DAMP PROOFING HELP & ADVICE FROM NEWTON
Our DIY tips for solving damp problems in your home. We look at the most common causes of damp, including penetrating damp, condensation, DPC issues and more.
Look around your house
Are there defects, cracks or blockages through which water could be getting in?
This could be the cause of a penetrating damp problem.
Penetrating damp is caused by defects within the building or rainwater goods, allowing water to pass through the roof or walls and into the property. A water mark on an internal wall would be a sign of penetrating damp, and will usually indicate the point of the defect, so check externally in the same area as the watermark for any obvious problems.
Check the downpipes, hoppers and gutters for any blockages including moss, leaves, dead birds etc. Remove the blockage and you might find that this resolves the damp problem!
If the rainwater goods are old, they may need replacing
Ensure that any cracks or voids in the walls or around window or door frames are fixed.
Have a good look at the roof. Are there any loose slates? Problems with the roof are a common cause of penetrating damp
Are there any signs of damp mould on the internal walls?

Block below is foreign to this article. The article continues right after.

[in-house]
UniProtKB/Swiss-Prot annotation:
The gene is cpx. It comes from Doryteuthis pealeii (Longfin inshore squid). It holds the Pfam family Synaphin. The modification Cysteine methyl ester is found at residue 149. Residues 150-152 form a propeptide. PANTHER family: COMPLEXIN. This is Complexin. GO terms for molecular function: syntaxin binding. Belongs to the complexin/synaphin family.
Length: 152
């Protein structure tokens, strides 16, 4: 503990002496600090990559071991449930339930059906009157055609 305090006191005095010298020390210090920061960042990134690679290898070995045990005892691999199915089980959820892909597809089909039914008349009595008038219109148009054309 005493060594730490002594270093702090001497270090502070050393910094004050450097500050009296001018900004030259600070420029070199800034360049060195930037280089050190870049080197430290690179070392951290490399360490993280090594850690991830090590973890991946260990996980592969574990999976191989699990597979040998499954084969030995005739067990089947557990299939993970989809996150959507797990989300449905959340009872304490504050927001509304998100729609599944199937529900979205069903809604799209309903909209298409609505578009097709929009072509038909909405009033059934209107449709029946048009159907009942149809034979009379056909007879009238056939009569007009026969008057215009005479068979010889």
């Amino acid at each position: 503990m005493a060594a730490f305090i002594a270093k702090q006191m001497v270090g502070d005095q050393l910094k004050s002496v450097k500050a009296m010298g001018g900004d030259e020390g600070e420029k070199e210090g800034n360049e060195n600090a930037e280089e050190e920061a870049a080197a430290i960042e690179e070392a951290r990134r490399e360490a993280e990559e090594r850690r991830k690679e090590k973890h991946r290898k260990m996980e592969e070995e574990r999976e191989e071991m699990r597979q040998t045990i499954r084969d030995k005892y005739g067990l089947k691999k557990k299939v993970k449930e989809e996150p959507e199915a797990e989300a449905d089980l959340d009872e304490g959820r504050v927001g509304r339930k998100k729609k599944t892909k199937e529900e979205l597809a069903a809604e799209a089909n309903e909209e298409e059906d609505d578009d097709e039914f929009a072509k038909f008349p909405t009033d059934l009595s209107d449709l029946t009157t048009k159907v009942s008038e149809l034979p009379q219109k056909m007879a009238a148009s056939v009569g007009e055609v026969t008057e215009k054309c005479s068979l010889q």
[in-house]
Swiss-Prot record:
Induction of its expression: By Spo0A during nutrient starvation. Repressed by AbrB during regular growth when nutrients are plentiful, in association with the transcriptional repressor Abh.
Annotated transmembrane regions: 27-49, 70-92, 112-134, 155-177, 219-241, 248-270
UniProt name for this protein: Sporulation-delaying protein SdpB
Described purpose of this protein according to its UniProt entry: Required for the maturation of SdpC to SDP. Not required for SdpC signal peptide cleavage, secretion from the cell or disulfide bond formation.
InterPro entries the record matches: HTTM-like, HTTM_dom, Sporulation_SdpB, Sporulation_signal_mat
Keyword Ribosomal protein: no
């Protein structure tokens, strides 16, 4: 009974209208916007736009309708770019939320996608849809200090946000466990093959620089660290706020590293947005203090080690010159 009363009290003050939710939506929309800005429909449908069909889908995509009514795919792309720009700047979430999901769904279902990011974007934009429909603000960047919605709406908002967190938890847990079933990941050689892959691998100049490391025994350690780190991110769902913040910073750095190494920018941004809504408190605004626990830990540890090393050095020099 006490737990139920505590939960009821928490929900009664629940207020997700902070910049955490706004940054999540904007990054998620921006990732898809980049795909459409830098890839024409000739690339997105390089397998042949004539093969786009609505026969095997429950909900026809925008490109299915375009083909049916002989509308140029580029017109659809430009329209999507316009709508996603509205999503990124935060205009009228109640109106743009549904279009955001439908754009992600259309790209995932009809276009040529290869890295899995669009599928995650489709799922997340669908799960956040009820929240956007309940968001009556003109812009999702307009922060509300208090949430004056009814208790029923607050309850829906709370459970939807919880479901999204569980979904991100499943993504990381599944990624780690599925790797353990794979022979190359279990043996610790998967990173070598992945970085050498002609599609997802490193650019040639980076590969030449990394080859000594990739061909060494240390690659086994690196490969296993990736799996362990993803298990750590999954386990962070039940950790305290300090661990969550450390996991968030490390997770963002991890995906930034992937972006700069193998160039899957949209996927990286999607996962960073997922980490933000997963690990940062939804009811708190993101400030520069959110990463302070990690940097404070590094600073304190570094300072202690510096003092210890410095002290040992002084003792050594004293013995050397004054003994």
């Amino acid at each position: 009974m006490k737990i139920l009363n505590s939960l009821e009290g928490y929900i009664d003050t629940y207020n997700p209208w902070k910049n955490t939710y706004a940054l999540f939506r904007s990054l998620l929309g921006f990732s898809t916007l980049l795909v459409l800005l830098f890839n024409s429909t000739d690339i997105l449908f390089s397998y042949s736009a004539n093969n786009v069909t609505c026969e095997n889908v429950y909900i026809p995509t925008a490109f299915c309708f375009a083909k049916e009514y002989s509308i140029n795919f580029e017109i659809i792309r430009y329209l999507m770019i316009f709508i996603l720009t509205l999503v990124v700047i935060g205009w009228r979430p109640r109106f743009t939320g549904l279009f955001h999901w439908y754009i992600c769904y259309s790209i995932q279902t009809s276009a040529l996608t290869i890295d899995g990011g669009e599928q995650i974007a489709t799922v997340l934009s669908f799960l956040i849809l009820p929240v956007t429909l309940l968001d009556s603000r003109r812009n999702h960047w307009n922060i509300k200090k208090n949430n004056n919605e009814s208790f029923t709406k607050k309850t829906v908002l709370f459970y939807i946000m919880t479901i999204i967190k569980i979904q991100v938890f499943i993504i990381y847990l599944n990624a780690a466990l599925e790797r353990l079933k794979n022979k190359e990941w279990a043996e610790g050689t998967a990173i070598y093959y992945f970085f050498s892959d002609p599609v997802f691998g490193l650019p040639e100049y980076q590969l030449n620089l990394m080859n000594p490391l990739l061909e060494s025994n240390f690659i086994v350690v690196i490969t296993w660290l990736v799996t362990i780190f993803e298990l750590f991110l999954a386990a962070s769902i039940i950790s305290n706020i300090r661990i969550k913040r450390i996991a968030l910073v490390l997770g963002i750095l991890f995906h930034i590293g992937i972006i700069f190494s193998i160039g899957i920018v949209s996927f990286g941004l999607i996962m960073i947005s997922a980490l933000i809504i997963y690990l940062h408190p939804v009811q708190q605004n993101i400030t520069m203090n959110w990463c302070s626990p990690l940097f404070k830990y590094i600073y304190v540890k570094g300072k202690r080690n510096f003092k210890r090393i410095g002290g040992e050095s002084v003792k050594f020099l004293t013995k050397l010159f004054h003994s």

Are the walls cold and damp to the touch?
This could be a sign of condensation.
Condensation occurs when there is excessive water vapour held within the air of the house. When water vapour cools due to contact with cold walls, surface condensation forms, which will make the walls damp and can lead to black spot mould forming which can be hazardous to health, as well as producing an unpleasant dank and musty smell.
Use extractor fans in the kitchen and bathrooms
When using the kitchen or bathroom keep the doors shut and extractor fan on so that excessive water vapour does not go into other parts of the house
Consider installing humidistats within areas with high humidity
Ensure washing machines and dryers are adequately plumbed in according to the manufacturer's instructions.
Do the ground floor walls exhibit damp patches and salt bands to about 1 metre from the floor?
The damp proof course (DPC) could be bridged by high external ground levels.
Removing the high ground levels will stop further rising and penetrating damp, but ground salts are hygroscopic and although the wall will no longer be receiving moisture from the high ground, the walls may still be damp due to the moisture received by the salts that still remain in the wall. Advice should be sought from a damp-proofing specialist.
Older properties may not have a damp proof course installed.
If this is the case, we recommend installation of our Newtonite Damp Proofing System, which includes an injectable DPC, Newton 804-DPC, and a number of damp-proofing membranes such as Newton 805 Newlath, which will isolate the wall finishes from moisture still in the wall as the wall dries out post 804-DPC application.